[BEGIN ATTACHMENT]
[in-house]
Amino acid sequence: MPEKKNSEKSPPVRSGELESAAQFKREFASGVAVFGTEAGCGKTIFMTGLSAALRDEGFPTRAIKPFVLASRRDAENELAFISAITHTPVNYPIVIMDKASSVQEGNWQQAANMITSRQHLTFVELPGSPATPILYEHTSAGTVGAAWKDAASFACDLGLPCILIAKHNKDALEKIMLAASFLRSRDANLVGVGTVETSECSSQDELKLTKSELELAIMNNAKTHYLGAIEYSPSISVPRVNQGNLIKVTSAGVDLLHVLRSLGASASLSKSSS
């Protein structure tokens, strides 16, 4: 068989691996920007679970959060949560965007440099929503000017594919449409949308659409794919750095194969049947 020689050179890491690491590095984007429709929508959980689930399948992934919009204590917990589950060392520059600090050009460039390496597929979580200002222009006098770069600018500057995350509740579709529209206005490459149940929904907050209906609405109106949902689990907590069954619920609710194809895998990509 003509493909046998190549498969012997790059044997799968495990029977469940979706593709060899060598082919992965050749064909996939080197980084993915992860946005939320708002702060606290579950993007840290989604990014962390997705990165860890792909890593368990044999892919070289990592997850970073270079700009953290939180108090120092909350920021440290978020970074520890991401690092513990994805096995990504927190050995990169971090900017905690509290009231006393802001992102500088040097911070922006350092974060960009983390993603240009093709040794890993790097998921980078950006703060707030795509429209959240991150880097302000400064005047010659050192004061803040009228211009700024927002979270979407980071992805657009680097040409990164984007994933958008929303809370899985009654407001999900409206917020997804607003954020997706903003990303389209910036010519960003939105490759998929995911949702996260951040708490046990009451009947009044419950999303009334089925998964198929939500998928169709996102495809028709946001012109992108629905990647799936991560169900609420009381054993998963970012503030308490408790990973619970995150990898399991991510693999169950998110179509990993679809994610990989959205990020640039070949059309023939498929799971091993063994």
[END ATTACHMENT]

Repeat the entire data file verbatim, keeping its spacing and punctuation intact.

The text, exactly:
[in-house]
Amino acid sequence: MPEKKNSEKSPPVRSGELESAAQFKREFASGVAVFGTEAGCGKTIFMTGLSAALRDEGFPTRAIKPFVLASRRDAENELAFISAITHTPVNYPIVIMDKASSVQEGNWQQAANMITSRQHLTFVELPGSPATPILYEHTSAGTVGAAWKDAASFACDLGLPCILIAKHNKDALEKIMLAASFLRSRDANLVGVGTVETSECSSQDELKLTKSELELAIMNNAKTHYLGAIEYSPSISVPRVNQGNLIKVTSAGVDLLHVLRSLGASASLSKSSS
């Protein structure tokens, strides 16, 4: 068989691996920007679970959060949560965007440099929503000017594919449409949308659409794919750095194969049947 020689050179890491690491590095984007429709929508959980689930399948992934919009204590917990589950060392520059600090050009460039390496597929979580200002222009006098770069600018500057995350509740579709529209206005490459149940929904907050209906609405109106949902689990907590069954619920609710194809895998990509 003509493909046998190549498969012997790059044997799968495990029977469940979706593709060899060598082919992965050749064909996939080197980084993915992860946005939320708002702060606290579950993007840290989604990014962390997705990165860890792909890593368990044999892919070289990592997850970073270079700009953290939180108090120092909350920021440290978020970074520890991401690092513990994805096995990504927190050995990169971090900017905690509290009231006393802001992102500088040097911070922006350092974060960009983390993603240009093709040794890993790097998921980078950006703060707030795509429209959240991150880097302000400064005047010659050192004061803040009228211009700024927002979270979407980071992805657009680097040409990164984007994933958008929303809370899985009654407001999900409206917020997804607003954020997706903003990303389209910036010519960003939105490759998929995911949702996260951040708490046990009451009947009044419950999303009334089925998964198929939500998928169709996102495809028709946001012109992108629905990647799936991560169900609420009381054993998963970012503030308490408790990973619970995150990898399991991510693999169950998110179509990993679809994610990989959205990020640039070949059309023939498929799971091993063994």